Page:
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J Korean Bal Soc > Volume 2(2); 2003 > Article
Journal of the Korean Balance Society 2003;2(2): 291-291.
Change the balance function with aging : computerized dynamic posturography study
Chang Min Lee MD*
Change the balance function with aging : computerized dynamic posturography study
Chang Min Lee MD*, Jae Il Kim MD, Geun Ho Lee MD, Sang Woo Bae MD, Joon Woo Kwon MD, Sook Yoon MD, Yoon Jung Chang MD
Department of Neurology, Dankook University Hospital
ABSTRACT
Background and Objective:   The purpose of this study was to evaluate the balance with aging using the values of sensory organization test(SOT) and motor control test(MCT) of computerized dynamic posturography(CDP) in the healthy Koreans.
Method:   We studied equilibrium score of SOT and weight symmetry, latency, and adaptation scores of MCT in 72 Korean healthy population. We divided the population into three groups, 3rd, 5th and 7th decade of age. In SOT, we studied the contribution of each sense to maintaining equilibrium when other senses were either absent or provided with inaccurate information. MCT provoked autonomic postural reactions through a series of sudden anterior and posterior support surface translations. In MCT, we studied latencies in sudden translation of foot plate.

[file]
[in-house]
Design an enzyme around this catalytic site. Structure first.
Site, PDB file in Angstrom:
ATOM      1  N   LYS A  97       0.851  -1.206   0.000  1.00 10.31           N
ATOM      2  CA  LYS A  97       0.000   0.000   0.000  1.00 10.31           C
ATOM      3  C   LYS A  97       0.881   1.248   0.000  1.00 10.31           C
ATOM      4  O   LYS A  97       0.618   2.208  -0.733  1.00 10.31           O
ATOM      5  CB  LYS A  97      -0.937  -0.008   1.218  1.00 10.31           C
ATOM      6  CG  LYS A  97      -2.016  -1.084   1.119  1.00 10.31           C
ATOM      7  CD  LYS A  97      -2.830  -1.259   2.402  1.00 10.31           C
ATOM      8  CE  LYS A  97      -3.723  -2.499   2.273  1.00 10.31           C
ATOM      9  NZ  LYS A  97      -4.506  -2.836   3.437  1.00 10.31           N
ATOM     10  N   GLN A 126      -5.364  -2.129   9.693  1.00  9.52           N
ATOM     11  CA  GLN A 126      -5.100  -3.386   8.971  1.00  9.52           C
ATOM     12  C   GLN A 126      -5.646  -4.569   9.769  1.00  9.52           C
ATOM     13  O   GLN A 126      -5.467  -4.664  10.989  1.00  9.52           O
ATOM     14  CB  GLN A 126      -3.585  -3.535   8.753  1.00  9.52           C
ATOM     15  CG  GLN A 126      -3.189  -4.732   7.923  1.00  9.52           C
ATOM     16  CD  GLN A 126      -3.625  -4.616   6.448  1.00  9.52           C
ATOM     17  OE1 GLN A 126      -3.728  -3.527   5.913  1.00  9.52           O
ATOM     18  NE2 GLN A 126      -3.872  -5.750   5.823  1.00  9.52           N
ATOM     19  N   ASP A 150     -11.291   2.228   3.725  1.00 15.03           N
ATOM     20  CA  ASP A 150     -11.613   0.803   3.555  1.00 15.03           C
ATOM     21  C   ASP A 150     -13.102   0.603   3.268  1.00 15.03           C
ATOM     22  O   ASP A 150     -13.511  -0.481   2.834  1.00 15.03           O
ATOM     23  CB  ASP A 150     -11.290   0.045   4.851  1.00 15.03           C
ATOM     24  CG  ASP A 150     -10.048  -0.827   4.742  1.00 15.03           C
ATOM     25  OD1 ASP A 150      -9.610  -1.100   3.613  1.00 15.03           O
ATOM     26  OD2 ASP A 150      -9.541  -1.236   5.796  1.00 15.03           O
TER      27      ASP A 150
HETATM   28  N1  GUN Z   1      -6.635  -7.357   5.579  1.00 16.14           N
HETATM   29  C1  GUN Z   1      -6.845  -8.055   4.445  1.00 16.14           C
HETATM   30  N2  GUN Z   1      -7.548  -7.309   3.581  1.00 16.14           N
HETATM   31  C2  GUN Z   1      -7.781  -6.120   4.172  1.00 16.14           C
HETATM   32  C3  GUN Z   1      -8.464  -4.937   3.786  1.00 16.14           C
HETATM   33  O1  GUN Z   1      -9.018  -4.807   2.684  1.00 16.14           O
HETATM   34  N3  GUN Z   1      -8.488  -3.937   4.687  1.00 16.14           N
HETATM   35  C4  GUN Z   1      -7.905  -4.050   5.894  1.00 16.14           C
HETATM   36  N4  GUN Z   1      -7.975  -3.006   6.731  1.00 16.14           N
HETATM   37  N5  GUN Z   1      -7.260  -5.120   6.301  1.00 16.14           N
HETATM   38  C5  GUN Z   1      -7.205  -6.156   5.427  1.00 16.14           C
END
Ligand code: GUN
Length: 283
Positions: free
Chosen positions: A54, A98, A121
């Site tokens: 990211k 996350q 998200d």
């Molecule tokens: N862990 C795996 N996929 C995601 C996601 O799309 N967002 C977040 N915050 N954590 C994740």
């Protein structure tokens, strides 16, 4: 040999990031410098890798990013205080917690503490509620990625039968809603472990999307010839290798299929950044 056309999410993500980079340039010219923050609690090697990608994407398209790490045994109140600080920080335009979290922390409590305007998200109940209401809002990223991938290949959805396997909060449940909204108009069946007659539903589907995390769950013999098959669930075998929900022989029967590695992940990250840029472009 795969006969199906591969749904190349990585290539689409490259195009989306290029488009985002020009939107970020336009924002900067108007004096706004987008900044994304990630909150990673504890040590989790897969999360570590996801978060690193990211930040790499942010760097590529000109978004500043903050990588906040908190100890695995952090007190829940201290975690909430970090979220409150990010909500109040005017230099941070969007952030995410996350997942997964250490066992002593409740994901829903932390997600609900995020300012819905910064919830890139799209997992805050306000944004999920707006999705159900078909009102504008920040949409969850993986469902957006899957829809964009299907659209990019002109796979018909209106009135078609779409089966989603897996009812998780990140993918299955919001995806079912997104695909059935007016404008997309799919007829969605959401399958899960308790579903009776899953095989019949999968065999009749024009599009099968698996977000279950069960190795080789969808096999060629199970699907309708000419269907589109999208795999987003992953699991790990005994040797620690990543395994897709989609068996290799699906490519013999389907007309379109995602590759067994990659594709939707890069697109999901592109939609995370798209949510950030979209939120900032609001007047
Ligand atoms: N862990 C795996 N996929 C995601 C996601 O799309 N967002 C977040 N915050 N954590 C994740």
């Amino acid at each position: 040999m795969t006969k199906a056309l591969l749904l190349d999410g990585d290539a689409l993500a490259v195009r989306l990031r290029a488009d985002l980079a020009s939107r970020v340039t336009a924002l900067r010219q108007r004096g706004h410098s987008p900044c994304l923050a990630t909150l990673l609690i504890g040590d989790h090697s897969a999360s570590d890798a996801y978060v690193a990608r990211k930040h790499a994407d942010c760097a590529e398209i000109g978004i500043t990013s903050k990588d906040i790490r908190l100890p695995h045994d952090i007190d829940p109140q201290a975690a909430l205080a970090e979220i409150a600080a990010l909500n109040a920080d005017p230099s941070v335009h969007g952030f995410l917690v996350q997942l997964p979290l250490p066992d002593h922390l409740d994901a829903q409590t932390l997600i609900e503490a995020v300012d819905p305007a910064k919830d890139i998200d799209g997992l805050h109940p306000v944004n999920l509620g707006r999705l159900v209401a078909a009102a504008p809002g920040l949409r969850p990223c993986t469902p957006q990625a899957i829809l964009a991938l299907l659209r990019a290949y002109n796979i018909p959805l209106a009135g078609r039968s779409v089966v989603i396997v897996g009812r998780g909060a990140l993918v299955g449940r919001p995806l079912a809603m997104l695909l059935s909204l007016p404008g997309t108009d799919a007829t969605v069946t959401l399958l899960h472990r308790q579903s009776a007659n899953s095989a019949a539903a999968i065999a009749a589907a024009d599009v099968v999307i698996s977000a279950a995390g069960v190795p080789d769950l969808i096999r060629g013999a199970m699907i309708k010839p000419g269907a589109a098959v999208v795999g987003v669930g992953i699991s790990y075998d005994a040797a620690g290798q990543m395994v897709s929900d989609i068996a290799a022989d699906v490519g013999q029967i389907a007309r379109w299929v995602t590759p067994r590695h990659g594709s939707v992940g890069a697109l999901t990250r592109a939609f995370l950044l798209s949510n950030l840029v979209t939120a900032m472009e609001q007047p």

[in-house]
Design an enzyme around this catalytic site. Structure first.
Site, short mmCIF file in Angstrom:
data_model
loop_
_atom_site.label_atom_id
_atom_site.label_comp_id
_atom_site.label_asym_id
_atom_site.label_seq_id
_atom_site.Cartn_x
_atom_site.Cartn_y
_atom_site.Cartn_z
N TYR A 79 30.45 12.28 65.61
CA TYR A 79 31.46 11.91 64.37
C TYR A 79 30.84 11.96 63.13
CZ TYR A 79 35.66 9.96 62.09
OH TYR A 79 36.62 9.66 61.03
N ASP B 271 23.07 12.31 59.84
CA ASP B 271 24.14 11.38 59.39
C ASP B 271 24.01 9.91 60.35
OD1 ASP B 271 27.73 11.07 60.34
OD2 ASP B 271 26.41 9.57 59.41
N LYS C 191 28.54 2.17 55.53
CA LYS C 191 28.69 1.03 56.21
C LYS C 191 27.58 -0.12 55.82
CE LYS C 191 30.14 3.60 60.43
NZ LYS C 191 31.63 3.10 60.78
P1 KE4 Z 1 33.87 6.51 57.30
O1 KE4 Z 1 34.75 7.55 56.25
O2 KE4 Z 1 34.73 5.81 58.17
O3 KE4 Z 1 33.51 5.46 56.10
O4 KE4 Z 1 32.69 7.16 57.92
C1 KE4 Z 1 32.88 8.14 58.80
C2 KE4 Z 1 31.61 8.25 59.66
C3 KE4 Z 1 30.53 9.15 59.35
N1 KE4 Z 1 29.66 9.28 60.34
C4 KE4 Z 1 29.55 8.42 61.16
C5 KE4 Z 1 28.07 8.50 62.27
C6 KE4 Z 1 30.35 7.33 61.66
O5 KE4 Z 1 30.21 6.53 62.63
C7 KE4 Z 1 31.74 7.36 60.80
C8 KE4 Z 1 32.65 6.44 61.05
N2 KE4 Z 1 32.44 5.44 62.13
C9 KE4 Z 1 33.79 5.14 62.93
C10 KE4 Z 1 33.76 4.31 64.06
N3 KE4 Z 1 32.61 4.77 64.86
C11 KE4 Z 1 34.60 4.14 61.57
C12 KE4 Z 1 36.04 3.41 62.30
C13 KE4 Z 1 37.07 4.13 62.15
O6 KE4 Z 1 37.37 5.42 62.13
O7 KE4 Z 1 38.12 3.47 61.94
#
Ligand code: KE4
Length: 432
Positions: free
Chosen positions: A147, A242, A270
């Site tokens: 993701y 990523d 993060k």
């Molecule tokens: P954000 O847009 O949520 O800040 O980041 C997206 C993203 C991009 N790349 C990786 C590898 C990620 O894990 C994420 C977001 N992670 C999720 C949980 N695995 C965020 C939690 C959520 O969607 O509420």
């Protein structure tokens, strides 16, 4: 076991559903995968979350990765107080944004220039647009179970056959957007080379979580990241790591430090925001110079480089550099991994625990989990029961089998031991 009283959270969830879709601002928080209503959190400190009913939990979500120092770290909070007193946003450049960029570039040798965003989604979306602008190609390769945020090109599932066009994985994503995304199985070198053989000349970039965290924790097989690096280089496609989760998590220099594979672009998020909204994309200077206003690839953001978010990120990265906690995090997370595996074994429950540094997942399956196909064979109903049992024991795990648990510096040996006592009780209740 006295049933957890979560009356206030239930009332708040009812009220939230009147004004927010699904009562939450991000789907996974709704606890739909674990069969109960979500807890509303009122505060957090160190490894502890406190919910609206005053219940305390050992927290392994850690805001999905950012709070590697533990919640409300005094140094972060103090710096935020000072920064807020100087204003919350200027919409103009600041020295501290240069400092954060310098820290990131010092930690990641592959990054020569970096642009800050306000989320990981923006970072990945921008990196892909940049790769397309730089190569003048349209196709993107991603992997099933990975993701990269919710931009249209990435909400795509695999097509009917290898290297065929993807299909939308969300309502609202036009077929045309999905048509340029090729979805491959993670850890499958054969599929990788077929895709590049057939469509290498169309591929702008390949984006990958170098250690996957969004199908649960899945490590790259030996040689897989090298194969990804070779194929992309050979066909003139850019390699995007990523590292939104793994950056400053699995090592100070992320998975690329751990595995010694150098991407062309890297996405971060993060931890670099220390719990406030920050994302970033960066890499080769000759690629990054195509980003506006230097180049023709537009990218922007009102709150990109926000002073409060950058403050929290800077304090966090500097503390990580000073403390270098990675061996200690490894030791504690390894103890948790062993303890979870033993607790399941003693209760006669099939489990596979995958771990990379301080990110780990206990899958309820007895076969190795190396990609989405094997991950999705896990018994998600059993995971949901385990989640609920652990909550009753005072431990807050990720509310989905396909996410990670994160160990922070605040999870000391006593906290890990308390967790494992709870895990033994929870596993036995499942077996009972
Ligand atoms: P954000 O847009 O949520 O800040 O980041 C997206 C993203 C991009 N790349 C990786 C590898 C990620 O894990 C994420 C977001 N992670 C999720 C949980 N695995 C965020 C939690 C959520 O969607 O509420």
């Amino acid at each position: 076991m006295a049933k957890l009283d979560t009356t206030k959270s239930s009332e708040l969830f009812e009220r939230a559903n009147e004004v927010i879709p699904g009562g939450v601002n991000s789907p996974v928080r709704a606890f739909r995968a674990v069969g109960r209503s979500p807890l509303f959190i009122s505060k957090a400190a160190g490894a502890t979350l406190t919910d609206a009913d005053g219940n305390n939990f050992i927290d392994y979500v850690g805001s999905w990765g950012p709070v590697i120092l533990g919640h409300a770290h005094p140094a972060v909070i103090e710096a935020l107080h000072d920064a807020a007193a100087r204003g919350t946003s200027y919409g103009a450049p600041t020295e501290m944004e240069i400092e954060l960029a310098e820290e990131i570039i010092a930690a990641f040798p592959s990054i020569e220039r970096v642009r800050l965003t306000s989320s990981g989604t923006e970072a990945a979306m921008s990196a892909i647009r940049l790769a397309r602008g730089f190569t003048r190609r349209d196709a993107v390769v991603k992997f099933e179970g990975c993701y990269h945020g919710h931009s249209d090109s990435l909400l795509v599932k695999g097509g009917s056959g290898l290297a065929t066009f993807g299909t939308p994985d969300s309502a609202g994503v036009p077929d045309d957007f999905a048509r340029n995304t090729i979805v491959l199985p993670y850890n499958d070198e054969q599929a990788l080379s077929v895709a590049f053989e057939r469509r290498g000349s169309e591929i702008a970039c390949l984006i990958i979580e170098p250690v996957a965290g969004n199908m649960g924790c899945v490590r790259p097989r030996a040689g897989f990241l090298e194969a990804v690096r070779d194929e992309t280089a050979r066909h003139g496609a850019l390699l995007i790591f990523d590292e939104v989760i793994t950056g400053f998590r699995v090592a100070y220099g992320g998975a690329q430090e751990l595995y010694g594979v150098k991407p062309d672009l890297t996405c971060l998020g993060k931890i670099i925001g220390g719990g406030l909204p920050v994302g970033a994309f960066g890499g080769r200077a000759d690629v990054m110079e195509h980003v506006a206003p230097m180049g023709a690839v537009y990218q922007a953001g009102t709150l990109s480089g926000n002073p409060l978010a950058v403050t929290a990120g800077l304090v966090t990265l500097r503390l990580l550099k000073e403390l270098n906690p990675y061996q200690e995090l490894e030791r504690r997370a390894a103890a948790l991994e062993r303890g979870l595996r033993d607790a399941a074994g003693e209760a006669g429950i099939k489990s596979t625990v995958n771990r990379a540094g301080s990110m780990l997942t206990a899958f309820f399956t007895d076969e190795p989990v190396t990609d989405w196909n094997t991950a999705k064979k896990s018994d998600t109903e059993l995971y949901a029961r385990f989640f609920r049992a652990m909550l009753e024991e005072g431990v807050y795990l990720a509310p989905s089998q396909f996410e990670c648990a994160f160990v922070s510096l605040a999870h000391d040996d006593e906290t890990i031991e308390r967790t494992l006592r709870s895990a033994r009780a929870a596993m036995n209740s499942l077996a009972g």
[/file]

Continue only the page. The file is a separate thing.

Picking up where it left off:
Results:   In SOT, the range of median equilibrium scores were from 64 to 94, 61 to 93, and 55 to 93 in three groups respectively. In MCT, during sudden anterior and posterior perturbation, weight symmetries were 102.9±7.9, 104±8.1, 106.3±9.0 in three groups respectively. Median latencies were 125.8-134.3, 130.2-139.4, 132.6-141.8msec in three groups respectively. In toes up and toes down test of MCT the mean adaptation scores were 54 to 71 and 40 to 53 in 3rd decade group, 56 to 74 and 43 to 59 in 5th decade group, and 58 to 75 and 44 to 63 in 7th decade group, respectively.
Conclusion:   Almost all measures of balance were worse in elderly group compared with young group. The decrements in aged persons suggest decreased capacity to process sensory inputs. And this occurs most likely as a result of biomechanical or central processing changes.
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